My screening rules
The approach I took when developing my system was to define the characteristics I was looking for in a good quality dividend. I then worked backwards to identify the financial metrics from which these characteristics might be derived.
Here's an overview of the factors I look for.
Dividend culture: Does the company have a track record of unbroken dividend payments? To qualify for my screen, I require a minimum of five consecutive years of payouts. Longer dividend streaks attract a higher score.
Dividend safety: How affordable is the payout? In my experience, the most common reasons for a dividend cut are lack of cash flow or earnings cover and excess leverage.
Dividend growth: A dividend that isn't growing may indicate that affordability is stretched, or that the underlying business isn't growing. I may accept a flat payout when the yield is both high and sustainable, but otherwise I want to see dividend growth. To measure dividend growth, I score each stock on historic dividend and free cash flow growth.
Dividend yield: I'm flexible about yield, but it's obviously still important to me. To score a company on yield, I look at the stock's five-year average dividend yield and its forecast dividend yield.
Valuation: I look at valuation in terms of earnings yield and free cash flow yield. Are these yields attractive, and do they support the underlying dividend yield?
Profitability: Terry Smith and Warren Buffett both make an eloquent case for why long-term equity returns are ultimately linked to return on capital employed. There are some good quotes here.
For my screen, I score stocks on return on capital employed and return on equity. I use both trailing 12-month and five-year average figures to give a blended view on profitability.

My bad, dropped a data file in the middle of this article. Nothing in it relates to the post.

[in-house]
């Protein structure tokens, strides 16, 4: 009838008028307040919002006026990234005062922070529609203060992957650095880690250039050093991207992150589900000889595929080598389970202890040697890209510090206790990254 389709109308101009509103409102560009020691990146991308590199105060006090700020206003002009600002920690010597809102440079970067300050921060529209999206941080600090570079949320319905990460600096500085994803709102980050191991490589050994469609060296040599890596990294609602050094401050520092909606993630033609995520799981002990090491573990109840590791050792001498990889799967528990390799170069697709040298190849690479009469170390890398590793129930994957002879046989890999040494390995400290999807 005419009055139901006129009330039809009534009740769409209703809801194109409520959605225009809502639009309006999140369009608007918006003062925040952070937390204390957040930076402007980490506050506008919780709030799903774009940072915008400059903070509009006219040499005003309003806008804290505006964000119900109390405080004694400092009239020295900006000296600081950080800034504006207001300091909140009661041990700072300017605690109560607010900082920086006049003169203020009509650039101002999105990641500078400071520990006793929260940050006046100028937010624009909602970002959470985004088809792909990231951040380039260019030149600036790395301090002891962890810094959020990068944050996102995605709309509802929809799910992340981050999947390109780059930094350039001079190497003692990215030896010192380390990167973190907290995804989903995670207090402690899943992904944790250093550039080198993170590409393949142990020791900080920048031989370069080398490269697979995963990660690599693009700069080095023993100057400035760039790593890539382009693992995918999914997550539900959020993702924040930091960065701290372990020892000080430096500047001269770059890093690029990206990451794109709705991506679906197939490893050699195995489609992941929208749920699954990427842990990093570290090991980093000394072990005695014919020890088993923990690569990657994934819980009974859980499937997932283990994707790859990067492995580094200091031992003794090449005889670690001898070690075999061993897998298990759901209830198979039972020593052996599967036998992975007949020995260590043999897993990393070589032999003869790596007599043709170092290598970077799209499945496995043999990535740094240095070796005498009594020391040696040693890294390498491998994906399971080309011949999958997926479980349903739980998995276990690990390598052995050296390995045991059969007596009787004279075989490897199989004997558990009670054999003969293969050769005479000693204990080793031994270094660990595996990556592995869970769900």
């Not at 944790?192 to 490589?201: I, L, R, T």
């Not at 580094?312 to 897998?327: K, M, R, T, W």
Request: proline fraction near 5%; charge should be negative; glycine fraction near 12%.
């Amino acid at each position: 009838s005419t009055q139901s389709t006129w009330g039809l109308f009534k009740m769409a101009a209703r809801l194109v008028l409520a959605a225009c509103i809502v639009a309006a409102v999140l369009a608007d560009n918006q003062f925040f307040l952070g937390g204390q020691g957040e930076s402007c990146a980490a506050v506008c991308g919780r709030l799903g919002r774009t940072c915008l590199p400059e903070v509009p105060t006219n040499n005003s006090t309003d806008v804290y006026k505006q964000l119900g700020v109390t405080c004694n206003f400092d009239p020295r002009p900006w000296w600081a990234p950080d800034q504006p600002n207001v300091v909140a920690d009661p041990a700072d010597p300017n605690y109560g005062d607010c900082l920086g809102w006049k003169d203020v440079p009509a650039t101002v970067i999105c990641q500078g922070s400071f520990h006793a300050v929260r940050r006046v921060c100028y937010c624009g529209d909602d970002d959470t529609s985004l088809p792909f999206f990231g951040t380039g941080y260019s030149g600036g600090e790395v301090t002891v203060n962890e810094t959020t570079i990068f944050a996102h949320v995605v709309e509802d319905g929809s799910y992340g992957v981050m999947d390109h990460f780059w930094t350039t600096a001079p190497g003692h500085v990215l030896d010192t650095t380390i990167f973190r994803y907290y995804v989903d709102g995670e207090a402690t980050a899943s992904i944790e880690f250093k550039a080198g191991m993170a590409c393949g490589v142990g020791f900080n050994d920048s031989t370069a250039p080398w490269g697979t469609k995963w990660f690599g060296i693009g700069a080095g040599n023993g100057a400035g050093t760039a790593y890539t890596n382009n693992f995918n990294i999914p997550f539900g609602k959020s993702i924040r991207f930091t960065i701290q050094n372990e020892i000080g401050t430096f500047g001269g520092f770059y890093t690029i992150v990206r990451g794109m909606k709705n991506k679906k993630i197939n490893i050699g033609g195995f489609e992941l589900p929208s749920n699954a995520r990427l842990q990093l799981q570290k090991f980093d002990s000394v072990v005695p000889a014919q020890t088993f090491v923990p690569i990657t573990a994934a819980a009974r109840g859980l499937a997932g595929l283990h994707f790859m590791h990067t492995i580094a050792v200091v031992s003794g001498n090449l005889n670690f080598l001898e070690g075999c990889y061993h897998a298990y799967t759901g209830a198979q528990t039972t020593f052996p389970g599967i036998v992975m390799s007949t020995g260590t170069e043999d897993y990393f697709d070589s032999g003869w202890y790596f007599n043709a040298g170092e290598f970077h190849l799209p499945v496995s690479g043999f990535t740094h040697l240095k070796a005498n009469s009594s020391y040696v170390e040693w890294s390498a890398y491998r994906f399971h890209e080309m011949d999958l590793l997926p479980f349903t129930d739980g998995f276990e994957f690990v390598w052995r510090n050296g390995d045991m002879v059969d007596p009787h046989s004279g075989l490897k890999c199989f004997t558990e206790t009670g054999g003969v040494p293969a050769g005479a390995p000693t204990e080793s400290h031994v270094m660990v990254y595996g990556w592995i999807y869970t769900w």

Fundamental health: This is really about balance sheet health. I use leverage ratios and fixed charge cover to gain an idea of the margin of safety that's available before debt obligations might trigger a dividend cut.
More broadly, I use these metrics as a proxy for the financial health of the business. In my view, a well-run, growing business shouldn't be overleveraged or have any difficulty servicing its debts.
Note: The screening rules described above are applied to non-financial stocks. I use slightly different metrics for financial stocks, but the principles are the same.
The end result
The scores I derive from these screening criteria are weighted and then normalised. I then combine these to generate an overall score for each stock, on a scale of 0-100. I'm then able to filter stocks by sector, providing a diversified shortlist of potential candidates for the portfolio.
My final stock selection process involves an element of subjective judgement and opinion. But that's a story for another day.
I'll finish with an example of how I apply this process to an individual stock – FTSE 100 energy giant Shell, which I reviewed in July 2023:
Disclaimer: This is a personal blog/newsletter and I am not a financial adviser. All content is provided for information and educational purposes only. Nothing I say should be interpreted as investing advice or recommendations.
You should carry out your own research and make your own investing decisions. Investors who are not able to do this should seek qualified financial advice. Reasonable efforts are made to ensure that information provided is correct at the time of publication, but no guarantee is implied or provided. Information can change at any time and past articles are not updated.